Ex-President Chun appears in court amid protest by activists

April 27, 2020

Former President Chun Doo-hwan appeared in court on Monday, facing charges of making slanderous statements about a late activist priest’s eyewitness accounts of a brutal crackdown in his controversial memoir.

The 89-year-old, who led an authoritarian government from 1980-1988, appeared at the Gwangju District Court, about 330 kilometers south of Seoul, on Monday afternoon. He was accompanied by his wife and former first lady Lee Soon-ja.

More than 200 people were killed and some 1,800 others wounded, according to official data.

Chun kept mum as he entered the courthouse for the first time in 13 months. During the trial, Chun denied all the allegations.

“To my knowledge there were no firings from the helicopters,” Chun said. “There would have been mass casualties if indeed shots were taken from helicopters. I don’t think that our country’s sons, whether they be lieutenant or captain-level pilots, would have taken such actions,” the former president told the judge.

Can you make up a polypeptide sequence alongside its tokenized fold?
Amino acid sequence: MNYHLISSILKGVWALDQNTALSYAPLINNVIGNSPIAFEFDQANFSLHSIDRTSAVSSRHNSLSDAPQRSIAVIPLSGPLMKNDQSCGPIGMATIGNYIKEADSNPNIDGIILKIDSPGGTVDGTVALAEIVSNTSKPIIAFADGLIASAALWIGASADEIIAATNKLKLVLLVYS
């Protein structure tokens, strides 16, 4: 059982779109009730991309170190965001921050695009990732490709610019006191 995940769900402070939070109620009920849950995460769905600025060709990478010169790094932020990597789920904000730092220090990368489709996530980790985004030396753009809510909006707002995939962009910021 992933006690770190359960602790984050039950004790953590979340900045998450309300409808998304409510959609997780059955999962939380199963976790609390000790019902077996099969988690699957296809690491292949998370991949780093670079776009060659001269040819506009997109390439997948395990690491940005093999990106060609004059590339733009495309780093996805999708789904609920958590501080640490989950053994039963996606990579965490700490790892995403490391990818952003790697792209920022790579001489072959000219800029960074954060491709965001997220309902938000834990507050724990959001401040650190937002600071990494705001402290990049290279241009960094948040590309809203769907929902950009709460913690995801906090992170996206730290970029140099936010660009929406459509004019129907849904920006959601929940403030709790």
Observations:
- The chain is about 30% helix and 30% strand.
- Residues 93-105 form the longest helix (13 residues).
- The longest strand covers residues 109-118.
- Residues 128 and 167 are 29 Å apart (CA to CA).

Outside, civic groups and activists representing the victims of the May 1980 uprising blasted Chun for distorting history.

“Through his memoir, Chun has clearly committed a crime by seriously defaming the honor of not only Rev. Cho, but the families of victims of the May 1980 uprising and the citizens of Gwangju,” the groups said.

Prosecutors began an investigation into Chun’s statements after a nephew of the late priest filed a complaint. If convicted, Chun could face up to two years in prison or up to 5 million won (US$4,000) in fines.

Since his indictment in May 2018, Chun twice rejected court summon orders, citing health reasons, which include a claim that he suffers from Alzheimer’s disease. His most recent appearance in court occurred back in March 2019.

The disgraced ex-leader stood in a separate criminal trial on treason and other charges in 1996. The former Army general, who seized power in a 1979 coup, received the death penalty, but the top court reduced the sentence to life imprisonment. He was released in December 1997 on a presidential pardon.

The May 1980 uprising was led by thousands of Gwangju citizens who rose up against the military junta led by Chun, who seized power in an internal coup following the assassination of his mentor, President Park Chung-hee, eight months earlier.